Unless the style guide I am using says otherwise, I always spell out numbers less than 11 ("We have 7 new customers" = "We have seven new customers") unless it's a percentage or an ordinal number or something like that.

However, I am wondering if there is any rule of thumb for spelling out number ranges when the numbers are less than 11. For example, if I'm proofreading a text and it says:

"We take on 5-7 new customers each week"

Do you think it's a good idea to spell it out, i.e.

"We take on five to seven customers each week"

I know that it depends on the client and the style guidelines in use, but if there are none available, is there are standard for this?

  • 2
    There are previous questions on the topic, some are in the 'Related' panel on the right. It's a matter of context too: I would write "3 four-legged animals" which makes it easier to parse using a different style for each number. Jun 16, 2021 at 9:33
  • If the style guide doesn't mention ranges, I'd certainly assume the same rules apply as for other numbers, and use "five to seven" not "5-7". The rule is that you do what you're told unless it states an exception or is obviously bizarre or very hard to adhere to in your particular situation, and spelling out a range in words is not very onerous.
    – Stuart F
    Jun 16, 2021 at 10:12
  • Thanks Stuart F. Jun 16, 2021 at 10:27
  • Weather Vane - I'm afraid you misunderstood the question. Jun 16, 2021 at 10:27
  • The idea is to let the text look like a text, with normal-shaped and -sized words, instead of equations. So the practice of spelling out numbers is usually restricted to numbers or ranges that would appear shorter or longer than a normal word-length without spelling. Thus we write four to five instead of 4-5; seven million, instead of 7,000,000 Similar remarks on lakh and crore for Indian English. Jun 16, 2021 at 15:31

1 Answer 1


Usually style guides and editors will default to using numerals for ranges. For instance, the recent MLA Handbook (9th edition) does say that you should write out "numbers that can be written in a word or two" (section 2.127) but gives examples that suggest ranges are an exception:




89-99 (MLA 9, section 2.139)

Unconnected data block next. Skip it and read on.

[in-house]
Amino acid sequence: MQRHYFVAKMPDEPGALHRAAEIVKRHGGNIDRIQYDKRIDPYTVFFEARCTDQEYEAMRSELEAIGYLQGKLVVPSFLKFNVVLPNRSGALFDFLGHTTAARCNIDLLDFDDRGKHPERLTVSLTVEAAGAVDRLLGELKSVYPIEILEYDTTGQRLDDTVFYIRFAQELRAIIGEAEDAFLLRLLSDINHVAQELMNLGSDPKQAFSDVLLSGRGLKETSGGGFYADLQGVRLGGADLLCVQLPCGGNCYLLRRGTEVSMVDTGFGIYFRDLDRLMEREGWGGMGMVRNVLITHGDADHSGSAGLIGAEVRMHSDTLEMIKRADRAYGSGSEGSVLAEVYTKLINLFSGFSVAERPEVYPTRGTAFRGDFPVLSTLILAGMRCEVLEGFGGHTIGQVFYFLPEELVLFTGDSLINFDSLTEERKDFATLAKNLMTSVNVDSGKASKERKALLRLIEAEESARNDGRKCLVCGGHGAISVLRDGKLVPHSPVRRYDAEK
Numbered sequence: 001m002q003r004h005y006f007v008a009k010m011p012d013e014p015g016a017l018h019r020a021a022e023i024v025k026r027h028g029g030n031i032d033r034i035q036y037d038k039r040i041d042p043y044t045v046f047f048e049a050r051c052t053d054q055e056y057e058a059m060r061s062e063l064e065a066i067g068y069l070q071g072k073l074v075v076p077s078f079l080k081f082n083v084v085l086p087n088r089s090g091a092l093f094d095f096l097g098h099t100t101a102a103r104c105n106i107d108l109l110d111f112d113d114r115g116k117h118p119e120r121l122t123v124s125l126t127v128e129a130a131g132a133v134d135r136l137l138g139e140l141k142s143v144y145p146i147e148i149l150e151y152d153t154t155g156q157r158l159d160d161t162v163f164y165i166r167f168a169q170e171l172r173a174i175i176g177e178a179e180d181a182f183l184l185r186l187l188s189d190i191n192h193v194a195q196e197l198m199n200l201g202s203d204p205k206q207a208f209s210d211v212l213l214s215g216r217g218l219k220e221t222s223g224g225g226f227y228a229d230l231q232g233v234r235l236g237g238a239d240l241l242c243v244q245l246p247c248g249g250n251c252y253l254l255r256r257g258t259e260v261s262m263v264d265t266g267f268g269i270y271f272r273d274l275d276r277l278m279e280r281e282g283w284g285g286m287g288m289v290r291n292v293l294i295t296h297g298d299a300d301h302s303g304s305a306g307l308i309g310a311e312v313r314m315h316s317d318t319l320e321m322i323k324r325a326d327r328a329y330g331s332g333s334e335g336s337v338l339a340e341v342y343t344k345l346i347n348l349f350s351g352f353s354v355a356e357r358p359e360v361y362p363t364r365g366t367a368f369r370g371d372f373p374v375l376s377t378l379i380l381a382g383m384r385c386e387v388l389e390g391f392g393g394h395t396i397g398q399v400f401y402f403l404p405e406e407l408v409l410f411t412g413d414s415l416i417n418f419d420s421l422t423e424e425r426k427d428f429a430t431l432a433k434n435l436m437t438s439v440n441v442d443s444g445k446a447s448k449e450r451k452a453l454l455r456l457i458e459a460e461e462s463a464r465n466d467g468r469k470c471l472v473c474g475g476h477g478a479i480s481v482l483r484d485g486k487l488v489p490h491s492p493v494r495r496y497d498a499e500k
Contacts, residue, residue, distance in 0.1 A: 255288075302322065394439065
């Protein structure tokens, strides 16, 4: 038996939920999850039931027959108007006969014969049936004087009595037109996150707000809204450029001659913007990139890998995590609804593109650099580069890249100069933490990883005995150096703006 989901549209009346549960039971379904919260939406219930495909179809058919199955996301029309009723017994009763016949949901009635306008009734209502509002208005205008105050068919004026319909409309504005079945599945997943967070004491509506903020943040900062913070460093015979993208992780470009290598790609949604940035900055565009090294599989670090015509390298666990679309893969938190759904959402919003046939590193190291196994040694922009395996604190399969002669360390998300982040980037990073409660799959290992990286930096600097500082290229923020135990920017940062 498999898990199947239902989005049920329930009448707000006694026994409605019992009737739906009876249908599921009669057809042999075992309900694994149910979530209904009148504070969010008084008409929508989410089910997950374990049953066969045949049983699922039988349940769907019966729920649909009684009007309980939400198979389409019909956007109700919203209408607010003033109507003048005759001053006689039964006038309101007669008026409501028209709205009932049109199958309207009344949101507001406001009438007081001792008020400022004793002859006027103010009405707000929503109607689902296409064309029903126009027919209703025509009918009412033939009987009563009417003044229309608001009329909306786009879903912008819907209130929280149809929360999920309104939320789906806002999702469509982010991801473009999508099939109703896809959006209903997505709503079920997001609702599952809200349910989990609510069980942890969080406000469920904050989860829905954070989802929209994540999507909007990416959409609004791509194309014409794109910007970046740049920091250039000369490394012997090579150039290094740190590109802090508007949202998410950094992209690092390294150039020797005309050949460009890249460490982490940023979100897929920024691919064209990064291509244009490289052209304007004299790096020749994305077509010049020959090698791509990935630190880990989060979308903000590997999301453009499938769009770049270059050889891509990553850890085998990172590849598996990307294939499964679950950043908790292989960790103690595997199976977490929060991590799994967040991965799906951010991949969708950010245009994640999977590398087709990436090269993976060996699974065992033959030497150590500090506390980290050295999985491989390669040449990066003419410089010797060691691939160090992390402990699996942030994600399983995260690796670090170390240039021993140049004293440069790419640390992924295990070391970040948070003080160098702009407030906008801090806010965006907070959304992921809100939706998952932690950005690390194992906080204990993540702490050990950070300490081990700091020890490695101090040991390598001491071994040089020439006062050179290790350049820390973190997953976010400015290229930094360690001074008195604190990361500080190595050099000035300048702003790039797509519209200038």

For APA, APA 6 and 7 don't explicitly give rules for number ranges below 10, but it does list several times when numerals would be used for 1-10, including "numbers that denote a specific place in a numbered series and parts of books and tables" (APA 7, section 6.32). A blog post about APA 6 also seems to excuse the use of a numerical range:

APA Style does not have explicit rules for ranges of numbers, except for when referring to a page range or a range of dates in a reference list entry. Numerous examples in Chapter 7 of the Publication Manual show both numbers in a page range being written out in full, regardless of size, and example 23 on page 204 demonstrates the same concept applied to a range of years. These rules relate to APA Style’s emphasis on the importance of specificity and clarity in scientific writing. Thus, a range of numbers (10–40; 101–109; 5,000–5,025; 90,013–90,157) or dates (1999–2003; 2009–2012) should never be abbreviated. (APA Style Blog)

The Chicago Manual of Style prefers that numbers 1-100 (or 1-10) be written out, but has no issue with ranges using numerals:

Please refer to pages 75–110.

Here are the figures for 2000–2009.

Campers were divided into age groups 5–7, 8–10, 11–13, and 14–16. (Chicago Manual of Style 17th edition, section 9.60).

  • Does MLA really suggest using hyphens and not dashes?
    – Andrew Leach
    Jun 16, 2021 at 16:01
  • @AndrewLeach In MLA, it depends on the format. "In research papers and other manuscripts, hyphens can also be used to indicate number ranges. Professionally typeset publications like this one, however, use en dashes in number ranges." (Section 2.48) Jun 16, 2021 at 16:48
  • Thank you TaliesinMerlin and John Lawler! Jun 17, 2021 at 15:39

Your Answer

By clicking “Post Your Answer”, you agree to our terms of service, privacy policy and cookie policy

Not the answer you're looking for? Browse other questions tagged or ask your own question.